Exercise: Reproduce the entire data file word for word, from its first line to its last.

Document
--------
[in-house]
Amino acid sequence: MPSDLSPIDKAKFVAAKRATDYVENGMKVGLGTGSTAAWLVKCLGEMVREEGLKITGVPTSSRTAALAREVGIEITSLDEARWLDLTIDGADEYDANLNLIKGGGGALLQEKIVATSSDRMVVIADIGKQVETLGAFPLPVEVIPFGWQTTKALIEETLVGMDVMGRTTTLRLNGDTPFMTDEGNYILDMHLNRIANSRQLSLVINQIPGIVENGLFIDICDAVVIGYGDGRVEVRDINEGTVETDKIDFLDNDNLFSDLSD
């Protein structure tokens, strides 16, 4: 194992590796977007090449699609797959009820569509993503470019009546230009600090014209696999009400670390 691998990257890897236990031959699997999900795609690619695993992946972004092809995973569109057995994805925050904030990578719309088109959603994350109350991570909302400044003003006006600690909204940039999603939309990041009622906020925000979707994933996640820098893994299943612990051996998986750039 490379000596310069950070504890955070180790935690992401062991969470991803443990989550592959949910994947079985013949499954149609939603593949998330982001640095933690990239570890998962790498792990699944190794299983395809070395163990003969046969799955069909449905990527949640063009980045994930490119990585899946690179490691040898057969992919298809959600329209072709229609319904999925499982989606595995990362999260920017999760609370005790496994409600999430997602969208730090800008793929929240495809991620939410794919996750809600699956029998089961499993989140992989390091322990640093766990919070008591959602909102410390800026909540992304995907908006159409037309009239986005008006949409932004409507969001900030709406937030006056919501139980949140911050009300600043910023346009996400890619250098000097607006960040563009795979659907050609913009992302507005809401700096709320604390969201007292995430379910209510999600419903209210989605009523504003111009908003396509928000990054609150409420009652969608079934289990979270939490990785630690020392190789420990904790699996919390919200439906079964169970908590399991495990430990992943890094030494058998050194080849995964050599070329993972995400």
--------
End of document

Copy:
[in-house]
Amino acid sequence: MPSDLSPIDKAKFVAAKRATDYVENGMKVGLGTGSTAAWLVKCLGEMVREEGLKITGVPTSSRTAALAREVGIEITSLDEARWLDLTIDGADEYDANLNLIKGGGGALLQEKIVATSSDRMVVIADIGKQVETLGAFPLPVEVIPFGWQTTKALIEETLVGMDVMGRTTTLRLNGDTPFMTDEGNYILDMHLNRIANSRQLSLVINQIPGIVENGLFIDICDAVVIGYGDGRVEVRDINEGTVETDKIDFLDNDNLFSDLSD
């Protein structure tokens, strides 16, 4: 194992590796977007090449699609797959009820569509993503470019009546230009600090014209696999009400670390 691998990257890897236990031959699997999900795609690619695993992946972004092809995973569109057995994805925050904030990578719309088109959603994350109350991570909302400044003003006006600690909204940039999603939309990041009622906020925000979707994933996640820098893994299943612990051996998986750039 490379000596310069950070504890955070180790935690992401062991969470991803443990989550592959949910994947079985013949499954149609939603593949998330982001640095933690990239570890998962790498792990699944190794299983395809070395163990003969046969799955069909449905990527949640063009980045994930490119990585899946690179490691040898057969992919298809959600329209072709229609319904999925499982989606595995990362999260920017999760609370005790496994409600999430997602969208730090800008793929929240495809991620939410794919996750809600699956029998089961499993989140992989390091322990640093766990919070008591959602909102410390800026909540992304995907908006159409037309009239986005008006949409932004409507969001900030709406937030006056919501139980949140911050009300600043910023346009996400890619250098000097607006960040563009795979659907050609913009992302507005809401700096709320604390969201007292995430379910209510999600419903209210989605009523504003111009908003396509928000990054609150409420009652969608079934289990979270939490990785630690020392190789420990904790699996919390919200439906079964169970908590399991495990430990992943890094030494058998050194080849995964050599070329993972995400």